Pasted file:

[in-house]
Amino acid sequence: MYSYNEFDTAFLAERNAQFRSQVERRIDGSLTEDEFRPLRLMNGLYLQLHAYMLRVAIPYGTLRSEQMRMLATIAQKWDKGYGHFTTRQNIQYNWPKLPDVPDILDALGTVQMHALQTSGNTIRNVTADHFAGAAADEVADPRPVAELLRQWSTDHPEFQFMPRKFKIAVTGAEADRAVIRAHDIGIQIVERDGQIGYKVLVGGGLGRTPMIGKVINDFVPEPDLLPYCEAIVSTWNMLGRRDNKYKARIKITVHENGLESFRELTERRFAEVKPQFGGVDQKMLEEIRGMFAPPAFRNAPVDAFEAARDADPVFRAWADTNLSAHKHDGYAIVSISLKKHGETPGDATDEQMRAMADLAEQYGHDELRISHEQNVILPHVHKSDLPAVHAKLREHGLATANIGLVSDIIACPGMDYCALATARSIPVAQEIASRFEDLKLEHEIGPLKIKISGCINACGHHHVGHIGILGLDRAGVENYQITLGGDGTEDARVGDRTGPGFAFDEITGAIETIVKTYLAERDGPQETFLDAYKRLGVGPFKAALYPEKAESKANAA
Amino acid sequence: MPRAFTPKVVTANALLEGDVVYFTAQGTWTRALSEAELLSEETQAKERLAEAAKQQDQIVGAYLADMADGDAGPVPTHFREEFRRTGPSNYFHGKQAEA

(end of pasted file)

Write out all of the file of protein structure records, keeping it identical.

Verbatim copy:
[in-house]
Amino acid sequence: MYSYNEFDTAFLAERNAQFRSQVERRIDGSLTEDEFRPLRLMNGLYLQLHAYMLRVAIPYGTLRSEQMRMLATIAQKWDKGYGHFTTRQNIQYNWPKLPDVPDILDALGTVQMHALQTSGNTIRNVTADHFAGAAADEVADPRPVAELLRQWSTDHPEFQFMPRKFKIAVTGAEADRAVIRAHDIGIQIVERDGQIGYKVLVGGGLGRTPMIGKVINDFVPEPDLLPYCEAIVSTWNMLGRRDNKYKARIKITVHENGLESFRELTERRFAEVKPQFGGVDQKMLEEIRGMFAPPAFRNAPVDAFEAARDADPVFRAWADTNLSAHKHDGYAIVSISLKKHGETPGDATDEQMRAMADLAEQYGHDELRISHEQNVILPHVHKSDLPAVHAKLREHGLATANIGLVSDIIACPGMDYCALATARSIPVAQEIASRFEDLKLEHEIGPLKIKISGCINACGHHHVGHIGILGLDRAGVENYQITLGGDGTEDARVGDRTGPGFAFDEITGAIETIVKTYLAERDGPQETFLDAYKRLGVGPFKAALYPEKAESKANAA
Amino acid sequence: MPRAFTPKVVTANALLEGDVVYFTAQGTWTRALSEAELLSEETQAKERLAEAAKQQDQIVGAYLADMADGDAGPVPTHFREEFRRTGPSNYFHGKQAEA